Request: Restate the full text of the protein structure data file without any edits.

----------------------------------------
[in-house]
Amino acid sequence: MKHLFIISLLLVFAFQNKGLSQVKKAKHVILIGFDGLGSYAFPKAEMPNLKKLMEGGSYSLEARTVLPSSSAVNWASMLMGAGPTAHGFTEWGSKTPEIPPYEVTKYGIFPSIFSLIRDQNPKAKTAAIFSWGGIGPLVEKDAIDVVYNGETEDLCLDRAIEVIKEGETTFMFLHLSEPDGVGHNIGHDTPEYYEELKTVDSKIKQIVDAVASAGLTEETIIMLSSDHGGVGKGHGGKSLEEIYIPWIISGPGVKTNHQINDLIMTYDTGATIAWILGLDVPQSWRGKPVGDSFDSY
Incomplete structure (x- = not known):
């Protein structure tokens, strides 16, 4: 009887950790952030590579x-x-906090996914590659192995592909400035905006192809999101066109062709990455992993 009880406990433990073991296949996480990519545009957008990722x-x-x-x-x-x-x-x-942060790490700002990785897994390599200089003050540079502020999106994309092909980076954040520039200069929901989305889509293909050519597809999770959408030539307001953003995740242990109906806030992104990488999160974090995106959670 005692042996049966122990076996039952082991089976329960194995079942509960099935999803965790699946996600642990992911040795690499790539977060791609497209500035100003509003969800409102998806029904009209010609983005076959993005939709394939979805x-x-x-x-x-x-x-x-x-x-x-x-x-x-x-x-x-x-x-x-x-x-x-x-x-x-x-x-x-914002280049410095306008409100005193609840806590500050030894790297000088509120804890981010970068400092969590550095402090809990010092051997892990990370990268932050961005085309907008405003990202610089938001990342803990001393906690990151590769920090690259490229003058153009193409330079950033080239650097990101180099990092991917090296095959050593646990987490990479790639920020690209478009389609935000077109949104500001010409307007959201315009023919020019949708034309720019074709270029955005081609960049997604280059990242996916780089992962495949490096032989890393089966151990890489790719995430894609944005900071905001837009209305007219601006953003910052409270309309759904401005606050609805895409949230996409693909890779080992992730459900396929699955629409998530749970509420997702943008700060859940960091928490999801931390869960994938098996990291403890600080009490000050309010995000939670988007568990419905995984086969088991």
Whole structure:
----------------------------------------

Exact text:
[in-house]
Amino acid sequence: MKHLFIISLLLVFAFQNKGLSQVKKAKHVILIGFDGLGSYAFPKAEMPNLKKLMEGGSYSLEARTVLPSSSAVNWASMLMGAGPTAHGFTEWGSKTPEIPPYEVTKYGIFPSIFSLIRDQNPKAKTAAIFSWGGIGPLVEKDAIDVVYNGETEDLCLDRAIEVIKEGETTFMFLHLSEPDGVGHNIGHDTPEYYEELKTVDSKIKQIVDAVASAGLTEETIIMLSSDHGGVGKGHGGKSLEEIYIPWIISGPGVKTNHQINDLIMTYDTGATIAWILGLDVPQSWRGKPVGDSFDSY
Incomplete structure (x- = not known):
């Protein structure tokens, strides 16, 4: 009887950790952030590579x-x-906090996914590659192995592909400035905006192809999101066109062709990455992993 009880406990433990073991296949996480990519545009957008990722x-x-x-x-x-x-x-x-942060790490700002990785897994390599200089003050540079502020999106994309092909980076954040520039200069929901989305889509293909050519597809999770959408030539307001953003995740242990109906806030992104990488999160974090995106959670 005692042996049966122990076996039952082991089976329960194995079942509960099935999803965790699946996600642990992911040795690499790539977060791609497209500035100003509003969800409102998806029904009209010609983005076959993005939709394939979805x-x-x-x-x-x-x-x-x-x-x-x-x-x-x-x-x-x-x-x-x-x-x-x-x-x-x-x-x-914002280049410095306008409100005193609840806590500050030894790297000088509120804890981010970068400092969590550095402090809990010092051997892990990370990268932050961005085309907008405003990202610089938001990342803990001393906690990151590769920090690259490229003058153009193409330079950033080239650097990101180099990092991917090296095959050593646990987490990479790639920020690209478009389609935000077109949104500001010409307007959201315009023919020019949708034309720019074709270029955005081609960049997604280059990242996916780089992962495949490096032989890393089966151990890489790719995430894609944005900071905001837009209305007219601006953003910052409270309309759904401005606050609805895409949230996409693909890779080992992730459900396929699955629409998530749970509420997702943008700060859940960091928490999801931390869960994938098996990291403890600080009490000050309010995000939670988007568990419905995984086969088991």
Whole structure: